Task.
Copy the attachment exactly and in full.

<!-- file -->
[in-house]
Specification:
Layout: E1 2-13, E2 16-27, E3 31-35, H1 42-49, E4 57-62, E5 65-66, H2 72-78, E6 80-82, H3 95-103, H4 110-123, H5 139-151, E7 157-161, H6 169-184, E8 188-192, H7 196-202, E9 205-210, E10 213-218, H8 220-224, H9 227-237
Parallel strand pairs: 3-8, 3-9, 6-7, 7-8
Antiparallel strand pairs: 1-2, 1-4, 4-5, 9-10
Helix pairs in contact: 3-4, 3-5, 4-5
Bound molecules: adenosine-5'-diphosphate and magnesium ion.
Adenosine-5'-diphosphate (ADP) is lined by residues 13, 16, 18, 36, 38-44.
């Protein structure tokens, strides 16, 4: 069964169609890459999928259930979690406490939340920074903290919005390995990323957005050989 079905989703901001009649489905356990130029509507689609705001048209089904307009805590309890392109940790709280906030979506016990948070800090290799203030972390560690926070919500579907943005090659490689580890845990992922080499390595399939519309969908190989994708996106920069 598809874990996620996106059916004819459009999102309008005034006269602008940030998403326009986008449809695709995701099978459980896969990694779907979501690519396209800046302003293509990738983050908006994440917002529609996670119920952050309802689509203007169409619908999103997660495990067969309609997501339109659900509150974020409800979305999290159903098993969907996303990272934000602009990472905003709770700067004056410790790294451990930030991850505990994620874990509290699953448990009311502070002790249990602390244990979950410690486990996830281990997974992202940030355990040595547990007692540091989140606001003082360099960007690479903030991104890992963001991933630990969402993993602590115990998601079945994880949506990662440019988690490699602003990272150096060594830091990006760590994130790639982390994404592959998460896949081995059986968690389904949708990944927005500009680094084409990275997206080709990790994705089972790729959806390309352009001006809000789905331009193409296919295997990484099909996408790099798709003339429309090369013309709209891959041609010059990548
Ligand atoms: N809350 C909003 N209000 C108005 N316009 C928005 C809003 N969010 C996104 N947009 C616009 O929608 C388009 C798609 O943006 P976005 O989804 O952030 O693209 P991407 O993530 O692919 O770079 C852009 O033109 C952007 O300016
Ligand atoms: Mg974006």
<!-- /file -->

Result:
[in-house]
Specification:
Layout: E1 2-13, E2 16-27, E3 31-35, H1 42-49, E4 57-62, E5 65-66, H2 72-78, E6 80-82, H3 95-103, H4 110-123, H5 139-151, E7 157-161, H6 169-184, E8 188-192, H7 196-202, E9 205-210, E10 213-218, H8 220-224, H9 227-237
Parallel strand pairs: 3-8, 3-9, 6-7, 7-8
Antiparallel strand pairs: 1-2, 1-4, 4-5, 9-10
Helix pairs in contact: 3-4, 3-5, 4-5
Bound molecules: adenosine-5'-diphosphate and magnesium ion.
Adenosine-5'-diphosphate (ADP) is lined by residues 13, 16, 18, 36, 38-44.
């Protein structure tokens, strides 16, 4: 069964169609890459999928259930979690406490939340920074903290919005390995990323957005050989 079905989703901001009649489905356990130029509507689609705001048209089904307009805590309890392109940790709280906030979506016990948070800090290799203030972390560690926070919500579907943005090659490689580890845990992922080499390595399939519309969908190989994708996106920069 598809874990996620996106059916004819459009999102309008005034006269602008940030998403326009986008449809695709995701099978459980896969990694779907979501690519396209800046302003293509990738983050908006994440917002529609996670119920952050309802689509203007169409619908999103997660495990067969309609997501339109659900509150974020409800979305999290159903098993969907996303990272934000602009990472905003709770700067004056410790790294451990930030991850505990994620874990509290699953448990009311502070002790249990602390244990979950410690486990996830281990997974992202940030355990040595547990007692540091989140606001003082360099960007690479903030991104890992963001991933630990969402993993602590115990998601079945994880949506990662440019988690490699602003990272150096060594830091990006760590994130790639982390994404592959998460896949081995059986968690389904949708990944927005500009680094084409990275997206080709990790994705089972790729959806390309352009001006809000789905331009193409296919295997990484099909996408790099798709003339429309090369013309709209891959041609010059990548
Ligand atoms: N809350 C909003 N209000 C108005 N316009 C928005 C809003 N969010 C996104 N947009 C616009 O929608 C388009 C798609 O943006 P976005 O989804 O952030 O693209 P991407 O993530 O692919 O770079 C852009 O033109 C952007 O300016
Ligand atoms: Mg974006």